1.1 IN PTR ns1.ldn1.technofatty.com. ; 192.168.1.1
2.1 IN PTR ns2.ldn1.technofatty.com. ; 192.168.1.2
101.1 IN PTR pc1.ldn1.technofatty.com. ; 192.168.1.101
102.1 IN PTR dvr1.ldn1.technofatty.com. ; 192.168.1.102

Save and exit the reverse zone file (repeat this section if you need to add more reverse zone files).

Our final example reverse zone file looks like the following:
$TTL    604800
@ IN SOA ns1.ldn1.technofatty.com. admin.ldn1.technofatty.com. (
3 ; Serial
604800 ; Refresh
86400 ; Retry
2419200 ; Expire
604800 ) ; Negative Cache TTL

; name servers - NS records
IN NS ns1.ldn1.technofatty.com.
IN NS ns2.ldn1.technofatty.com.

; PTR Records
1.1 IN PTR ns1.ldn1.technofatty.com. ; 192.168.1.1
2.1 IN PTR ns2.ldn1.technofatty.com. ; 192.168.1.2
101.1 IN PTR pc1.ldn1.technofatty.com. ; 192.168.1.101
102.1 IN PTR dvr1.ldn1.technofatty.com. ; 192.168.1.102


Check BIND Configuration Syntax


Run the following command to check the syntax of the named.conf* files:
sudo named-checkconf

If your named configuration files have no syntax errors, you will return to your shell prompt and see no error messages. If there are problems with your configuration files, review the error messages then re-try named-checkconf .

The named-checkzone command can be used to check the correctness of your zone files. Its first argument specifies a zone name, and the second argument specifies the corresponding zone file, which are both defined in named.conf.local.

For example, to check the "ldn1.technofatty.com" forward zone configuration, run the following command (change the names to match your forward zone and file):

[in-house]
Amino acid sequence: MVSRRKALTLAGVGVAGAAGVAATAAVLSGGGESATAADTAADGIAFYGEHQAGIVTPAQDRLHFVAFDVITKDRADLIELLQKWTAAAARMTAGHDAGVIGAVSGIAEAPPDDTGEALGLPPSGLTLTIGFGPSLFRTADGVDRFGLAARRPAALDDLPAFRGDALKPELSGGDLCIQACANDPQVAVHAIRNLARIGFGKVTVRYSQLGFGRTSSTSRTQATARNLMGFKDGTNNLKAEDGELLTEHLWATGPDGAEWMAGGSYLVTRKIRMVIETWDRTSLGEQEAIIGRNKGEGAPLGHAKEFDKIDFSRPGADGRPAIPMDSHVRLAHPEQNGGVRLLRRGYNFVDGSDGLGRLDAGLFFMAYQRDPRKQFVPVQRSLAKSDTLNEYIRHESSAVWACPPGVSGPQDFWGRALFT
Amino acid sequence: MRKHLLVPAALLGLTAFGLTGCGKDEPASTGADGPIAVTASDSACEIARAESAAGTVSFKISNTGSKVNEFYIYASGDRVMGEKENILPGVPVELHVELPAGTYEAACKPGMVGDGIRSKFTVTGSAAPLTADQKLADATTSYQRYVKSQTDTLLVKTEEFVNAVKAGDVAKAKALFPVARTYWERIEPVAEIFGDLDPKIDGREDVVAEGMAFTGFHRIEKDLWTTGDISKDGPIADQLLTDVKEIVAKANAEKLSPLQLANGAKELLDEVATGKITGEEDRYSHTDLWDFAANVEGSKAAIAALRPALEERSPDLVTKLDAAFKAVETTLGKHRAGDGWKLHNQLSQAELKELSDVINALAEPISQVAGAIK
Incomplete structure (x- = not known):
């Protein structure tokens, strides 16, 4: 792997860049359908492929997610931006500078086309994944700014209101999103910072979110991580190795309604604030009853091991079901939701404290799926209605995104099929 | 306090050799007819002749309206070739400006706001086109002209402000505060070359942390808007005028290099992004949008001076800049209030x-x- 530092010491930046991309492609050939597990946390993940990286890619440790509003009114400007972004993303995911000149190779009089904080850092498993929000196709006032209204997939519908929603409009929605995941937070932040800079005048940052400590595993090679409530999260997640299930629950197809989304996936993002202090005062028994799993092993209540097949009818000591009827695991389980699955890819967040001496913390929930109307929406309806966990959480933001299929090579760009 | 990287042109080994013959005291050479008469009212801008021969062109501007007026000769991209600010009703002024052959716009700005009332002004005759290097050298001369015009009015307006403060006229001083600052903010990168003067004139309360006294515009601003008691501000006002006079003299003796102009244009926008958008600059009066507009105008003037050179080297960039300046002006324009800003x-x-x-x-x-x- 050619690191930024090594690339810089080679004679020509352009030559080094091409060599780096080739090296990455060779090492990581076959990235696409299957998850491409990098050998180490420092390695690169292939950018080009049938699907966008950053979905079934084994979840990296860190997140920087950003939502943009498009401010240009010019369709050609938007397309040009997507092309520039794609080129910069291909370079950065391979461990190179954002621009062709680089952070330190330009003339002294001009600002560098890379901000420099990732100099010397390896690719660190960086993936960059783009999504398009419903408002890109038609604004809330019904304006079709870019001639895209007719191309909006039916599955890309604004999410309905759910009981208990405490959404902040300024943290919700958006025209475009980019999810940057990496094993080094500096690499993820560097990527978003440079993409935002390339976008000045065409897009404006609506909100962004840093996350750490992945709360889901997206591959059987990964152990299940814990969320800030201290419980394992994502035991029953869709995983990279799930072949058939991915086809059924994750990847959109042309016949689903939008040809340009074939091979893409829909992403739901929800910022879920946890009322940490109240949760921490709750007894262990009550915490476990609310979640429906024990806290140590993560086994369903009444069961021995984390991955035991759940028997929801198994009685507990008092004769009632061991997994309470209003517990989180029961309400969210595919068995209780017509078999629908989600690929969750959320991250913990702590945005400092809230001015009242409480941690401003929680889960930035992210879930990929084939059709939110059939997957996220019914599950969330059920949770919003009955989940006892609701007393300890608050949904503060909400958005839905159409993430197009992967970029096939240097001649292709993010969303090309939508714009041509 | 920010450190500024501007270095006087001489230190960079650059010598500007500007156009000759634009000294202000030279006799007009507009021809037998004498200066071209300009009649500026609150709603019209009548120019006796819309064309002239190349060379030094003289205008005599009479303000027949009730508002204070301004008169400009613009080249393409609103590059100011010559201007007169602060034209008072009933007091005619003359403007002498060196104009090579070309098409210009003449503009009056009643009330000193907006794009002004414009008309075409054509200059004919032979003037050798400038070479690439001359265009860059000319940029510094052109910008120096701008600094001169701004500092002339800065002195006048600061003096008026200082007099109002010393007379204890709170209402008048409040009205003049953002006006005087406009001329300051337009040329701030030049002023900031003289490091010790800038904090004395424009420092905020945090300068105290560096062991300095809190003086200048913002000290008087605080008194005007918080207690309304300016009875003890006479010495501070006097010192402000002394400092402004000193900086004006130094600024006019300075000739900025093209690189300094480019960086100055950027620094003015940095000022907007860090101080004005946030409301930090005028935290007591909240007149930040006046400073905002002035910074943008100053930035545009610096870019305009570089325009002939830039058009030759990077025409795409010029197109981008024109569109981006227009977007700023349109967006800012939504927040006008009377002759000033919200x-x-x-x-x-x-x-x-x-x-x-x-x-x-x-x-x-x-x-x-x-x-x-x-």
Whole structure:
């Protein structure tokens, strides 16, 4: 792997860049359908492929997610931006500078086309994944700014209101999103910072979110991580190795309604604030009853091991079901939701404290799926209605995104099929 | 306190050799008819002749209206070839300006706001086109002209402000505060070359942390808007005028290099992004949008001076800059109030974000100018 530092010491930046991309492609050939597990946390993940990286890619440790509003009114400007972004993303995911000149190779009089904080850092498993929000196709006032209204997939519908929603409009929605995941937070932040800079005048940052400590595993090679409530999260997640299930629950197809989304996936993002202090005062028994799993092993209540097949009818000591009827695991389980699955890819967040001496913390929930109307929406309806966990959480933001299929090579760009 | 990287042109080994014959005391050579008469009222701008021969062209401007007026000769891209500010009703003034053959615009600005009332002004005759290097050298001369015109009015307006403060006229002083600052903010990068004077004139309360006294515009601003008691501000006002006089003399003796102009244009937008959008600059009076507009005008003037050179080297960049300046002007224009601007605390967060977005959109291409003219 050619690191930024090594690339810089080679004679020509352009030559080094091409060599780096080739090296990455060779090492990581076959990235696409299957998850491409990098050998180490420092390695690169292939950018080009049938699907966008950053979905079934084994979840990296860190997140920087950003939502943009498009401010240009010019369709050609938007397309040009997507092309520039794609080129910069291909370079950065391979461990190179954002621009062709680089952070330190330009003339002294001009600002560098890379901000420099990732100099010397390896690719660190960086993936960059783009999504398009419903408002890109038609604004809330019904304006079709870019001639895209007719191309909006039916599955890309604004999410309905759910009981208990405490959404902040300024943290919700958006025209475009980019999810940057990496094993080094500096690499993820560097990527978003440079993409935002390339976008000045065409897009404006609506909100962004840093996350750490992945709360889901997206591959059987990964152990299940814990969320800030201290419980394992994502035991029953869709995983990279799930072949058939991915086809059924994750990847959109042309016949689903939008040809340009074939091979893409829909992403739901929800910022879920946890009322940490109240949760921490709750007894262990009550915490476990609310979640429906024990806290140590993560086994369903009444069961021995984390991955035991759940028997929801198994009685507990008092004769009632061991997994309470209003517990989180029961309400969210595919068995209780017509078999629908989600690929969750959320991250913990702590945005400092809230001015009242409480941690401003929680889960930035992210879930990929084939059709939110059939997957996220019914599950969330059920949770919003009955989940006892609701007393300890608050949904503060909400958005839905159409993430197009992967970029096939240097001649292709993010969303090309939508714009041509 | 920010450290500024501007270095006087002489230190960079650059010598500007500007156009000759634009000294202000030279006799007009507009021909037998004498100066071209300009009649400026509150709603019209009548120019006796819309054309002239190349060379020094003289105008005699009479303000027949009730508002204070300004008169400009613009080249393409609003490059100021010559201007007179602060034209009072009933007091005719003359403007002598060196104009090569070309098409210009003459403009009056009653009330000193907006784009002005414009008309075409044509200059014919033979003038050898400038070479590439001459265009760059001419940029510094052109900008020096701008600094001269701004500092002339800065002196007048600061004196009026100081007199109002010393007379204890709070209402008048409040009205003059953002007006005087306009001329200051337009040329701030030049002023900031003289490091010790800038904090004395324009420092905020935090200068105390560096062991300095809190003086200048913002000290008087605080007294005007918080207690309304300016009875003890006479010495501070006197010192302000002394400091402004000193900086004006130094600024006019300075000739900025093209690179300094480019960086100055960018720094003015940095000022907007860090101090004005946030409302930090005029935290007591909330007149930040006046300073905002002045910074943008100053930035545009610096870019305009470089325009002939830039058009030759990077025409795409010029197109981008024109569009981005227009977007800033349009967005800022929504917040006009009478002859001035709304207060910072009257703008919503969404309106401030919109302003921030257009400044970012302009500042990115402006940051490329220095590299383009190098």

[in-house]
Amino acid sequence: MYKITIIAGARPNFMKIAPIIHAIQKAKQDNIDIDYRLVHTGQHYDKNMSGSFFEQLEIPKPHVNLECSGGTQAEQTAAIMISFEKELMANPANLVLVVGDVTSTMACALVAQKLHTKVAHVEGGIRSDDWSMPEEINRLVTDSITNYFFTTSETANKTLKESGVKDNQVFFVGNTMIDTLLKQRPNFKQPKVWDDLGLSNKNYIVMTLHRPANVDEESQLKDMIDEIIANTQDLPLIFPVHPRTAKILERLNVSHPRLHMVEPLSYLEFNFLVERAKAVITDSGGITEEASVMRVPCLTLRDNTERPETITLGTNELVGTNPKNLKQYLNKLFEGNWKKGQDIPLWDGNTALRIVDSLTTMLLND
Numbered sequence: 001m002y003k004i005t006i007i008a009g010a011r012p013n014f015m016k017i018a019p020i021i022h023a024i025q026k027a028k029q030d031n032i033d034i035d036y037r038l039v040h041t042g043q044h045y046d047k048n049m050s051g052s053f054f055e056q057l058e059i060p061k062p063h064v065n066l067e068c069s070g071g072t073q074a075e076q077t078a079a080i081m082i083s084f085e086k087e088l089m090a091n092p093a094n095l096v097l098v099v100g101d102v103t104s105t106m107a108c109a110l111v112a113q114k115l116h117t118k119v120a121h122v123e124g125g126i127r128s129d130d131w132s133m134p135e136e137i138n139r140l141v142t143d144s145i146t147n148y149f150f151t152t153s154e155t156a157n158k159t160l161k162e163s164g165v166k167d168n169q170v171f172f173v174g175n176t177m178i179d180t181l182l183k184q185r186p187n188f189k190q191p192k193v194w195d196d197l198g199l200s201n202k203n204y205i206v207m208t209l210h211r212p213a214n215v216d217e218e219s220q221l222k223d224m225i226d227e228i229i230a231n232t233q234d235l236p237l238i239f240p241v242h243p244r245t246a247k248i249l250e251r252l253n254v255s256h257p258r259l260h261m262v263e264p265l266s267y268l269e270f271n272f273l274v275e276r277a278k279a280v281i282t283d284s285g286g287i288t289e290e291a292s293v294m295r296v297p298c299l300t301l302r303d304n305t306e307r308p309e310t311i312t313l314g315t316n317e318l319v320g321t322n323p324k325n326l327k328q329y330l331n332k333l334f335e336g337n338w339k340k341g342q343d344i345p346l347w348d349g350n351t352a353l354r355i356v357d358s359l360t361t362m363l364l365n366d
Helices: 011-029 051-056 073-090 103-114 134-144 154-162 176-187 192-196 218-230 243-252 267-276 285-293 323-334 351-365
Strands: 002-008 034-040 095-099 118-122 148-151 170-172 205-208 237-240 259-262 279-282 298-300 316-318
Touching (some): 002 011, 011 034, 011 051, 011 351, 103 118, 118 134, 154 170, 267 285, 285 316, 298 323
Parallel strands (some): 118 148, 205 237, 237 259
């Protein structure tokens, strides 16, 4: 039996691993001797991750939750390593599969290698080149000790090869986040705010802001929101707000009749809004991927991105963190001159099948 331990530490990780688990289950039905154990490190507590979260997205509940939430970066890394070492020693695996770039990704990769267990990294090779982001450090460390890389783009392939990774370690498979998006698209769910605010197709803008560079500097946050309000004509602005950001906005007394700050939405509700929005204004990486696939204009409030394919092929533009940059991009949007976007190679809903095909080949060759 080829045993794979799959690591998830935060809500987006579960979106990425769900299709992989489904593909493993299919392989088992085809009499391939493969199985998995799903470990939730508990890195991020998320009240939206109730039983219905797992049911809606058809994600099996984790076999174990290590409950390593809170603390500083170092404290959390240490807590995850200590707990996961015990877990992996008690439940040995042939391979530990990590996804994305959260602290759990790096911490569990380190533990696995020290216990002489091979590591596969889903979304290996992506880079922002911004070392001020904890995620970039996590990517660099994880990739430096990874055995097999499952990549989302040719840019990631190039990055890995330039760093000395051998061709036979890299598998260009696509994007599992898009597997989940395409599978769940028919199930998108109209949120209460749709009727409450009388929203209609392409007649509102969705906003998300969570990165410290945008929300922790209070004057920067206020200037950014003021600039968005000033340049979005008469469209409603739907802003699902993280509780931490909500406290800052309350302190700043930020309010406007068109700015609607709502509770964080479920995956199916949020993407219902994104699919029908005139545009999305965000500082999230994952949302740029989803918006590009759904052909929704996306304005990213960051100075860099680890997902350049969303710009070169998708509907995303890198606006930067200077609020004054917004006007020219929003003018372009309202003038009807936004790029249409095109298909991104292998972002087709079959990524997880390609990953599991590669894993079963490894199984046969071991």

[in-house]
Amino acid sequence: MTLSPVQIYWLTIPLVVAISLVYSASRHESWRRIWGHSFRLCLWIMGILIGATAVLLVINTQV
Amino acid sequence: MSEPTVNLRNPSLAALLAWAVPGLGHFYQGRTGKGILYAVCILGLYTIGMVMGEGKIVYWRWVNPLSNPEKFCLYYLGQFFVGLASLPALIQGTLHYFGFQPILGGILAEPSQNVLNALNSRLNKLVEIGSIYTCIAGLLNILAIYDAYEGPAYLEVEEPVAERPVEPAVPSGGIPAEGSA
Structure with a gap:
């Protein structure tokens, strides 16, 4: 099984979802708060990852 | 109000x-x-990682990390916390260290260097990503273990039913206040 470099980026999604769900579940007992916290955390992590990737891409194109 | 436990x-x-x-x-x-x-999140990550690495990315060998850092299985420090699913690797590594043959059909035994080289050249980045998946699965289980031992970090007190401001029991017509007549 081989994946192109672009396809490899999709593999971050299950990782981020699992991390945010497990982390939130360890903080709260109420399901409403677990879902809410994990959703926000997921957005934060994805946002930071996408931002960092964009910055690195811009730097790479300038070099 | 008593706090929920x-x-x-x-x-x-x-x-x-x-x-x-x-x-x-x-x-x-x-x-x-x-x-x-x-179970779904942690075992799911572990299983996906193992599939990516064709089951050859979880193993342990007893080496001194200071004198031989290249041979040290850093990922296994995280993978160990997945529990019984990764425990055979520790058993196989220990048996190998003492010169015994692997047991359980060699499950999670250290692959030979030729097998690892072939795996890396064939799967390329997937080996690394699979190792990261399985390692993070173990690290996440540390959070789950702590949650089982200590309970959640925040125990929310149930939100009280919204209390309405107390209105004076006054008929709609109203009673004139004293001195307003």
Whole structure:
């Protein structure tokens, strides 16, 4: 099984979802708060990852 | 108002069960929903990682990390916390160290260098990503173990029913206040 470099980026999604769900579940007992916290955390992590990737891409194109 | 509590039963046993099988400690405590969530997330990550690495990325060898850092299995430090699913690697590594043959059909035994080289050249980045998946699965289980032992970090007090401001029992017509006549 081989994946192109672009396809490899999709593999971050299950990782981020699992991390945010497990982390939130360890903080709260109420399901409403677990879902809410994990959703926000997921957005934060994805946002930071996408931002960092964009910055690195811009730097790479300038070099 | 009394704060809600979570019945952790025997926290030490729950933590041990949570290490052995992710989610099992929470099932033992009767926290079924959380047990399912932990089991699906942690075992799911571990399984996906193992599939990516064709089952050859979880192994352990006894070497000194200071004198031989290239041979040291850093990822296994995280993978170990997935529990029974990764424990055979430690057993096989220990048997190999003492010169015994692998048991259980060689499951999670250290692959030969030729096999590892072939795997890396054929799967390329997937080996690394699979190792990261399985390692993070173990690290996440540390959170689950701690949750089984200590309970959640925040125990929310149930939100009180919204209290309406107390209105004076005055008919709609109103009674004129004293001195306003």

sudo named-checkzone ldn1.technofatty.com db.ldn1.technofatty.com

And to check the "168.192.in-addr.arpa" reverse zone configuration, run the following command (change the numbers to match your reverse zone and file):
sudo named-checkzone 168.192.in-addr.arpa /etc/bind/zones/db.168.192

When all of your configuration and zone files have no errors in them, you should be ready to restart the BIND service.

Restart BIND


Restart BIND:
sudo service bind9 restart

Your primary DNS server is now setup and ready to respond to DNS queries. Let's move on to creating the secondary DNS server.
 

Configure Secondary DNS Server


In most environments, it is a good idea to set up a secondary DNS server that will respond to requests if the primary becomes unavailable. Luckily, the secondary DNS server is much easier to configure.

On ns2, edit the named.conf.options file:
sudo nano /etc/bind/named.conf.options

At the top of the file, add the ACL with the private IP addresses of all of your trusted servers:
acl "trusted" {
192.168.1.1; # ns1 - can be set to localhost
192.168.1.2; # ns2
192.168.1.101; # pc1
192.168.2.102; # dvr1
};

Below the directory directive, add the following lines:
        recursion yes;
allow-recursion { trusted; };
listen-on { 192.168.1.2; }; # ns2 private IP address
allow-transfer { none; }; # disable zone transfers by default

forwarders {
8.8.8.8;
8.8.4.4;
};